The study is incomplete in that it does not attempt to quantify how much waste is generated when parts are discarded or cannibalized as part of the repair/reuse process, nor does it quantify the amount of equipment that may enter the country as working (non-waste), but nevertheless gets smashed and burned anyway due to failure to sell. BAN and many others have witnessed perfectly functional equipment such as imported CRTs being destroyed due to a lack of demand.
What to believe, what to do?
Agbogbloshie and the other waste trade dumping grounds that BAN and others have revealed in the last 13 years are real. They were not produced on a soundstage in Hollywood for your entertainment. They are a snapshot of exploitation but at the same time a glimpse of much greater problems. We, as a society, should view these scenes much as a doctor would view a patient with a gaping wound. Such a doctor, while knowing that this type of injury is symptomatic of deeper systemic or external impacts, would never characterize it as a “hoax” despite the context and complexity of the entire ill health of the patient. A good doctor would not hesitate to first treat the obvious injury as an emergency and then seek to address the systemic dysfunction that created it.River
Agbogbloshie is, in this way, symptomatic of the greater problems that stem from how we as humans decide to extract and refine our resources, and then design, build and consume products we believe are necessary to improve our lives. It is symptomatic of an economic system that lies to itself by failing to account for externalized costs – handed off too easily to the global commons or those least empowered to resist being disproportionately burdened by them. Ultimately the fallout affects all of us, our progeny, and the one planet that sustains us.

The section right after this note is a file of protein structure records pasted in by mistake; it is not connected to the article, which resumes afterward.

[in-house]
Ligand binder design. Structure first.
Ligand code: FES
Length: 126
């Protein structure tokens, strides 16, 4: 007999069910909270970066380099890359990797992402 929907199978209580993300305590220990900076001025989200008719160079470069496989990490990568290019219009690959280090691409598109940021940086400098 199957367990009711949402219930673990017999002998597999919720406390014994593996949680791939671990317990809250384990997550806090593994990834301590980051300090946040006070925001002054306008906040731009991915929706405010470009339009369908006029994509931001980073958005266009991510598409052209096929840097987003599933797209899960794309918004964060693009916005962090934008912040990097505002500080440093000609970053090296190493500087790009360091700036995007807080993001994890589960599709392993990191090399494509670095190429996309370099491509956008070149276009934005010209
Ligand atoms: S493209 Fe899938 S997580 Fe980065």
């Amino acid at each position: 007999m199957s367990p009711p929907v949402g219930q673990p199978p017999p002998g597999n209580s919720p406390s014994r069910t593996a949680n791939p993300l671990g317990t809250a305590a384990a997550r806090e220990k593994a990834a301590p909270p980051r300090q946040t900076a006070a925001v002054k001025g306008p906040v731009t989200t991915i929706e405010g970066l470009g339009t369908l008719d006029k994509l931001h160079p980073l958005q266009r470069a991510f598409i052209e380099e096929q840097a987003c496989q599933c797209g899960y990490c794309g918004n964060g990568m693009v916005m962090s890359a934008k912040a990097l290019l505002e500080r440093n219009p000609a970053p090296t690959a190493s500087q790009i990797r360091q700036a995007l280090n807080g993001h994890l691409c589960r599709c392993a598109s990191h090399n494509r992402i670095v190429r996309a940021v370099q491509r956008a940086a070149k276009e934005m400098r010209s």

Denial of the truth helps nobody and can harm humanity irreparably by forestalling necessary action. History has already seen highly organized and funded efforts to manufacture deception at the expense of our planet and our health. We have seen already how humanity has been profoundly harmed by those that would sow doubt, and reap inaction and apathy in return.
While we can surely disagree on what we as a society should do about the global hazardous waste trade problem, let us not, for the sake of all of us, wherever we live, engage in the intellectually dishonest and Earth-damaging game of pretending the problem does not exist.